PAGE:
New Year, New Landscape

landscaped stone patio and outdoor living space with stone fire place and outdoor furniture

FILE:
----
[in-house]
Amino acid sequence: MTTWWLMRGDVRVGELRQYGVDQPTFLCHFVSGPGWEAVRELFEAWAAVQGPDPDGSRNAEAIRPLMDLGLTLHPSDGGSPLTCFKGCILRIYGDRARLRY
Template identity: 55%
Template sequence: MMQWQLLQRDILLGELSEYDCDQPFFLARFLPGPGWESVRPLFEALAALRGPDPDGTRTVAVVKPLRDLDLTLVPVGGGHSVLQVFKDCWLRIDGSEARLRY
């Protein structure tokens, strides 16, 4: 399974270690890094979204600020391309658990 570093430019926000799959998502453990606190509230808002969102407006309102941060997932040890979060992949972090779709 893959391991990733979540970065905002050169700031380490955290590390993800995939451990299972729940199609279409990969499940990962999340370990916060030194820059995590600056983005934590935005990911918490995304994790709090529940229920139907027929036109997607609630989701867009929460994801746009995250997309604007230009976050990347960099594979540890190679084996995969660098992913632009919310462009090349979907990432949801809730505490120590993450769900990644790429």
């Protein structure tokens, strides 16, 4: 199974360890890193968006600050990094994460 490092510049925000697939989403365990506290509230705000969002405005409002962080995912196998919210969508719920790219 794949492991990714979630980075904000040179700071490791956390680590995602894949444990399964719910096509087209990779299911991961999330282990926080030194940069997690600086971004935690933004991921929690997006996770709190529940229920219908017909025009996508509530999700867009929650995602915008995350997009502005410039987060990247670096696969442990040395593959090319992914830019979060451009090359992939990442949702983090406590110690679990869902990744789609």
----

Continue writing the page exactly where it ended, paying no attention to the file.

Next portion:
Everyone makes resolutions for the new year. We can’t help it. There’s something about the start of a new year that makes us feel as if we’re starting on a clean slate. Most people make resolutions regarding their health or breaking a poor habit, but what about making resolutions regarding your home space? Resolutions could include whether you want to update your home or your outdoor living area, or simply practicing good landscape maintenance. Here are some tips to help you transition into the new year: 1) Make a plan: It’s important before making any decisions about a new landscape to have a plan first. Discuss all possible ideas with your family (or yourself) and place primary focus on what you want your new landscape to convey. 2) Find the right contractor: There are lots of contractors out in the world, but the key is to find the contracting company that sees your vision and respects it. It’s always a good idea to have a consultation meeting before you make any major decisions, this way you can ask the important questions about budget and a reasonable time frame to finish the project. Also, remember to ask about seeing the designers’ portfolio to see if you like their aesthetic. 3) Repeat after me: maintenance is key. Before you updated your outdoor living space, you need to research proper maintenance techniques. Consider what you want for your landscape and research how hard or easy those ideas will be to maintain once they’re installed. While you may think you want a Japanese water pond, are you willing to take the necessary steps to keep it clean and healthy? 4) Don’t go overboard: When it comes to your outdoor living space, remember that less is more. It may seem like a good idea to have a fire pit and a water fountain AND an outdoor kitchen, but in all honesty, you probably only need one of those things. Consider the size of your outdoor living space and work with it. Most contractors are skilled enough to assess the space and envision what works and what doesn’t.